In an orphanage in China a 4-month-old baby boy named Ruhai was lying quietly in his crib, watched over by his new nanny, Zhang Yanfen. He would never know the love of his real parents, but Zhang was determined to do her best to help fill that void.
She observed the child, mesmerized by his chubby little face, which, to her, had the appearance of a blank slate. He registered no emotion as she knelt down next to him, introducing herself.
“Sweetheart, nice to meet you. From now on, I am your Mama. I promise I will often take you out and play with you. Can I hug you?” she asked, touching him gently.
Ruhai remained silent but looked at her curiously with his mouth slightly upward, exposing the most beautiful dimples Zhang had ever seen. “But he turned away quickly. He didn’t have any feelings towards me. Neither attachment, nor resistance,” she said.
Still, Zhang greeted Ruhai with a friendly smile, then cuddled him. The moment her hands felt his warmth and weight, she immediately fell in love with Ruhai. Though it took time for him to learn to love her back.
Thanks to her OneSky training, Zhang had become educated about the importance of early bonding and attachment to a child’s development. According to Alice Wong, OneSky’s Chief Programs Officer, Global: “When a caregiver provides loving responsive care to a child, they are teaching the child to trust you and others, as well as themselves, to communicate, explore, and discover the world in which they live.”
Over time, with Zhang’s consistent love and care, Ruhai came out of his shell emotionally and thrived, reaching age-appropriate physical developmental milestones. By the time he was 7 months old, after working with Zhang on various exercises during playtime, he was able to lift up his upper body while lying on his stomach.
Because of Zhang’s responsive nurturing, Ruhai’s sense of security had increased. For instance, when Ruhai showed interest in something, be it a toy or the surroundings, Zhang told him what it was used for and encouraged him to give it a try. Zhang would praise him for his accomplishments, even the smallest one.
Zhang said she will never forget how, when he was about a year old, he began to call her “Mama,” very distinctly. From then on, every time he saw her, he would open his arms, saying “Mama, Mama” aloud and couldn’t wait to run into Zhang’s warm arms.
By the time Ruhai turned two, he was very comfortable playing in OneSky’s Infant Activity Room, where caregivers help young children by creating a rich environment with diverse stimuli. Ruhai particularly liked to wander around the book area and fetch his favorite books.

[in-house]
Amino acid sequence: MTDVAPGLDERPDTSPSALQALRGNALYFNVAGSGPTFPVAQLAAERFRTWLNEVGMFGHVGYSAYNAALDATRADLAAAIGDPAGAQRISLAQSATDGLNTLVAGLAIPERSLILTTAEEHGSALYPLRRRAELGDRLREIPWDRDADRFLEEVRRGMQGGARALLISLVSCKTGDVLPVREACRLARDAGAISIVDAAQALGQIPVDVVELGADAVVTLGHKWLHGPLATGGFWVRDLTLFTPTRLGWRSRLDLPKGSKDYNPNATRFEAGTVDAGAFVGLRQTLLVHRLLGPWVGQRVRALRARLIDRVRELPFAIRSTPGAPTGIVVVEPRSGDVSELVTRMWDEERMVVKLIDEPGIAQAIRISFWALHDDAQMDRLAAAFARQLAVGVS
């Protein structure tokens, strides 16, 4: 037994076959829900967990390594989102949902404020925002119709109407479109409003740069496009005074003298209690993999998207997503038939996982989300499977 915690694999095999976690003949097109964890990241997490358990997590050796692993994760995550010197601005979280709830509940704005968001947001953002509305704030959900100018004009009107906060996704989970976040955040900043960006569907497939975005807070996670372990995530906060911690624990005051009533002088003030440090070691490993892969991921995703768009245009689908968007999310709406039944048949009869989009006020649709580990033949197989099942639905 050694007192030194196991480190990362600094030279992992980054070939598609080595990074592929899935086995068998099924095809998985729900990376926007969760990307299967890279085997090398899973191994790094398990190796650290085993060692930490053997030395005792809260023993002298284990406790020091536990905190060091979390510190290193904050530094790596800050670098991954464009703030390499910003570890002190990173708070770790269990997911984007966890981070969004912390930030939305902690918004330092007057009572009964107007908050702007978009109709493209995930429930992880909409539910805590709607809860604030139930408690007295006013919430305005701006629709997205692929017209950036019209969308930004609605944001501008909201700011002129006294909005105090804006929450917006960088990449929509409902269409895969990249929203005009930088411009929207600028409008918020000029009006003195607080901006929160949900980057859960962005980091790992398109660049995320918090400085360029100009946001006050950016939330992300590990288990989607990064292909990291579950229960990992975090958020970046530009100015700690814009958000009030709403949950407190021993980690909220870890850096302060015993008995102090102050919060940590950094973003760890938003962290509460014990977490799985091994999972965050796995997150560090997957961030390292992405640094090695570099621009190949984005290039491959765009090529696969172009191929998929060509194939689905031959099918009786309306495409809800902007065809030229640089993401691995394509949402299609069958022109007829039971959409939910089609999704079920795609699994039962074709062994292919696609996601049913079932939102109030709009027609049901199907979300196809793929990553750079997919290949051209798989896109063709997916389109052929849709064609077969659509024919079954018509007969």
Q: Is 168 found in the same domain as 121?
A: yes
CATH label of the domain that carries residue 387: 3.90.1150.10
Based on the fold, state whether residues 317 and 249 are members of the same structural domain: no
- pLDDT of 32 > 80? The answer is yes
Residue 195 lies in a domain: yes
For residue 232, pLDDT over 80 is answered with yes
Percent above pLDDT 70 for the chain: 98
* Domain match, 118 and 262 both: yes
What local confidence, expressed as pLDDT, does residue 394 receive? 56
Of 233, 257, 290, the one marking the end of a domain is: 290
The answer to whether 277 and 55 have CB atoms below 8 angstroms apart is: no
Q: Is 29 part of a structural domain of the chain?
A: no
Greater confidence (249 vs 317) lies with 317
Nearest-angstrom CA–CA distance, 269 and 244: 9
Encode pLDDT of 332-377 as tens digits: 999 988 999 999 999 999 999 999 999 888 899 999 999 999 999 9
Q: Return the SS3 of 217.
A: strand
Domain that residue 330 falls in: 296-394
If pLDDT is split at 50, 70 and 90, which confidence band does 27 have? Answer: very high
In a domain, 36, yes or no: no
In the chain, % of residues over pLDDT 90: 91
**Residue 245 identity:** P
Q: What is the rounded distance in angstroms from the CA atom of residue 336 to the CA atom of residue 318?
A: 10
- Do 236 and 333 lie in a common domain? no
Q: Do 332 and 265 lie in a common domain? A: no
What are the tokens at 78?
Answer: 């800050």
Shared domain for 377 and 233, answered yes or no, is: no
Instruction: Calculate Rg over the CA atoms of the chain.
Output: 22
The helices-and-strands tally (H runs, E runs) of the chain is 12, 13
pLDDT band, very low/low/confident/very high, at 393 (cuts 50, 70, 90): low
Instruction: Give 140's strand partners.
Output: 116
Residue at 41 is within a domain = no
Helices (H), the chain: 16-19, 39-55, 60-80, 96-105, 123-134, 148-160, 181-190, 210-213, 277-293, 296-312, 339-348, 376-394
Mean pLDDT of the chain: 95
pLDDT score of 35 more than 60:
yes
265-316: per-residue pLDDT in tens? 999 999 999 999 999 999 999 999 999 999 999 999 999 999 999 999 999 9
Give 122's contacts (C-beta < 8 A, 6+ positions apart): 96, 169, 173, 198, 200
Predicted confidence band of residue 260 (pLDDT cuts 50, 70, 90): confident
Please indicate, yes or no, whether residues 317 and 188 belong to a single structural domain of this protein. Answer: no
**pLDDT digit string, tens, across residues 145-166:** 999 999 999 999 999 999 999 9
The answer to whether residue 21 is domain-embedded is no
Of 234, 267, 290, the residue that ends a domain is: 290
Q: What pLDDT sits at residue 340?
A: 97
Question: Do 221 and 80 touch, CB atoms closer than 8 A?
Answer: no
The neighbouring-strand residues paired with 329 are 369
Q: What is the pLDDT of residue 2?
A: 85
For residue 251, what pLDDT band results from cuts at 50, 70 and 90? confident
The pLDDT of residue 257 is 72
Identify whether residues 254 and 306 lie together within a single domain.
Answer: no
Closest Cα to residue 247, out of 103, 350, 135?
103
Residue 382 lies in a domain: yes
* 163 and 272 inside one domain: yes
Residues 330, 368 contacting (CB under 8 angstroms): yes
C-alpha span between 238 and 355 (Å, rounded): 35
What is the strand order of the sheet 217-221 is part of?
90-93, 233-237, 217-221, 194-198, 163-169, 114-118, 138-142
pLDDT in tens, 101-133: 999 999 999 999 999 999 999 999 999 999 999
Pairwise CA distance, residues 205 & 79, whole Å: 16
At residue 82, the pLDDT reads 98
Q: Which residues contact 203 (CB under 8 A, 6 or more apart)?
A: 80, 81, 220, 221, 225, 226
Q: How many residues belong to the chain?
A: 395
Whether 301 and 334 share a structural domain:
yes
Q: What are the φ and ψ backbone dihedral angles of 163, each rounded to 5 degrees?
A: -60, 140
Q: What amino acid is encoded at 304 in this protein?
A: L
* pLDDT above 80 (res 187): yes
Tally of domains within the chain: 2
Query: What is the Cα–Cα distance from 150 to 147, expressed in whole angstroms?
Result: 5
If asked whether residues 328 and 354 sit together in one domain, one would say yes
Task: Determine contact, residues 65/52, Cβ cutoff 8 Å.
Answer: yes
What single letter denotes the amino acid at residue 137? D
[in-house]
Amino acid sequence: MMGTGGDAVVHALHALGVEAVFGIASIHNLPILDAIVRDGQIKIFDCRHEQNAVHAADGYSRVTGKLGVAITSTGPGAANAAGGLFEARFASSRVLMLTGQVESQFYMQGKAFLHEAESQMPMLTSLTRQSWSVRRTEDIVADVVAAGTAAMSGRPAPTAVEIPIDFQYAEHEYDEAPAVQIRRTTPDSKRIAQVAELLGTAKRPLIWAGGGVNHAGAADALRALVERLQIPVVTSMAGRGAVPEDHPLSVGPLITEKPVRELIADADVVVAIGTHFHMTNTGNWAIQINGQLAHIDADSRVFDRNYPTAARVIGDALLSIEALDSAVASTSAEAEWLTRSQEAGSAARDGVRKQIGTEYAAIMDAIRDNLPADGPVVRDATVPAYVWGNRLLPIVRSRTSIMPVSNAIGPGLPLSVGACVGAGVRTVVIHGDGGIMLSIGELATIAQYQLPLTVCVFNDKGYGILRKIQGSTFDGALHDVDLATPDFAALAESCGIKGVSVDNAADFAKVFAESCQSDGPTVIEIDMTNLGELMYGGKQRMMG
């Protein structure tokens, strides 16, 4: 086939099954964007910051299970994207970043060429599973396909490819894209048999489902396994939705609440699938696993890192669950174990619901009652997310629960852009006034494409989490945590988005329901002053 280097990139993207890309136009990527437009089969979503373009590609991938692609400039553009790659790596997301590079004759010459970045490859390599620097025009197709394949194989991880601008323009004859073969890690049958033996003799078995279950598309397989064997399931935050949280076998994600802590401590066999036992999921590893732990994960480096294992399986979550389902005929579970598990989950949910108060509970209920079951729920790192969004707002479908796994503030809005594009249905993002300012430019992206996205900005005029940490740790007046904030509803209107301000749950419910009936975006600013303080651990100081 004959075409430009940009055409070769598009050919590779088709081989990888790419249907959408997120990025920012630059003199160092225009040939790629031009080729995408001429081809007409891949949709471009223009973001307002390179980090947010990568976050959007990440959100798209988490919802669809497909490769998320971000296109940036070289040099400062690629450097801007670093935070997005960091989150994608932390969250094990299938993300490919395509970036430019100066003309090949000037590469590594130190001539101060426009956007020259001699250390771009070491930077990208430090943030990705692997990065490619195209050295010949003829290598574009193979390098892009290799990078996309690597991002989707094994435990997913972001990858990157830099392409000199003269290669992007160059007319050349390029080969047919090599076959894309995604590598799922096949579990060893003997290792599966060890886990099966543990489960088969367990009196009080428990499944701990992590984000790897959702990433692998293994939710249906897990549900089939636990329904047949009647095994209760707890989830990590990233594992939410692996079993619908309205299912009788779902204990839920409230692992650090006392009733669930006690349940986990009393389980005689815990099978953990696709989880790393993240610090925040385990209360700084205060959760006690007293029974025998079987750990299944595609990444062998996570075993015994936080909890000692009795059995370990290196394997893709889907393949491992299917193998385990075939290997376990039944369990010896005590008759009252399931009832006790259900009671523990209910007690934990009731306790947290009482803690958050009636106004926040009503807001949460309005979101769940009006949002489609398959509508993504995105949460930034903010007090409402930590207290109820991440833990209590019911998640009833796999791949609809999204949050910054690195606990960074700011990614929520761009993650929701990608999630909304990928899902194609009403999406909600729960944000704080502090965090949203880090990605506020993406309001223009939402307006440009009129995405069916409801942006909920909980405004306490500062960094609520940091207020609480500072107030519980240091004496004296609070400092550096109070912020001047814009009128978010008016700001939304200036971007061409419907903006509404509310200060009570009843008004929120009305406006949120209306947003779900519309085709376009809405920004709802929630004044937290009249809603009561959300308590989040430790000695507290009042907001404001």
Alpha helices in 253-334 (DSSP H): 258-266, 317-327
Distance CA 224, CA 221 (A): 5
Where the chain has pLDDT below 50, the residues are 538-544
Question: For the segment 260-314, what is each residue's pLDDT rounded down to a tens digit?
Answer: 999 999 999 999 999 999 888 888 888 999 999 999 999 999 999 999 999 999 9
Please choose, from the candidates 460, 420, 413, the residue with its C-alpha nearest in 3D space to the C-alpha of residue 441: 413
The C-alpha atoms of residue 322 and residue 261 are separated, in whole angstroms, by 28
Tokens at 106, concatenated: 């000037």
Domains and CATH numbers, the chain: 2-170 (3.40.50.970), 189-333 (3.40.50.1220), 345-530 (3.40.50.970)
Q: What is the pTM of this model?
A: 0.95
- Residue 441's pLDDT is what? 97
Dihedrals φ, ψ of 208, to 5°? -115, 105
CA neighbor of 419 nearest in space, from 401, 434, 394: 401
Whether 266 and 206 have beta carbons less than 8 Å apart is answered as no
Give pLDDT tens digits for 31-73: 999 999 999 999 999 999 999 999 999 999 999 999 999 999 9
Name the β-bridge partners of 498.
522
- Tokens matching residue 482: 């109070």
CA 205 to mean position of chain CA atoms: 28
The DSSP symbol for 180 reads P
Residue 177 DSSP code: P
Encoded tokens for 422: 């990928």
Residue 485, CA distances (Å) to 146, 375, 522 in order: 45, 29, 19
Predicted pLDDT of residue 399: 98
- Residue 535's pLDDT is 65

“Mama, read this book!” he would say to Zhang, who he had known since being a baby. The two would then cuddle up and read together, with Zhang teaching him the beginning skills of learning to read. Sitting on her lap, with a well-loved book in his hands, his self-confidence improved as well as his language and cognitive development.
By the time Ruhai turned three, he had moved onto live in a foster home near the orphanage as part of OneSky’s Loving Family Program, so he could experience the joy of family-like love, with new siblings and two dedicated parents, determined to give him a second chance at childhood.
During the Covid-19 pandemic, for a time, the orphanage’s activity room was closed and Ruhai was unable to come and see Zhang, as usual. So, she recorded some lessons for his foster mom to play for him and arranged to video chat with him by cellphone.
Ruhai called out to Zhang excitedly over the screen: “Mama, come back soon. I miss you so much!”
With teary eyes, Zhang comforted him. After hanging up the phone, she realized how vulnerable children are during times of crises. “We should continue to give them love and the nurturing they need to grow,” she said.
Luckily, for her and little Ruhai, the lockdown was finally lifted; the activity room opened again. As soon as Ruhai saw his “Mama Zhang” as he approached the familiar playroom, he ran towards her, his eyes filled with joy.
Zhang could see that he was now a very happy, adjusted little boy, with a family to call his own — his old days of being a blank slate long forgotten!
By Louis Luo, Communications Manager, China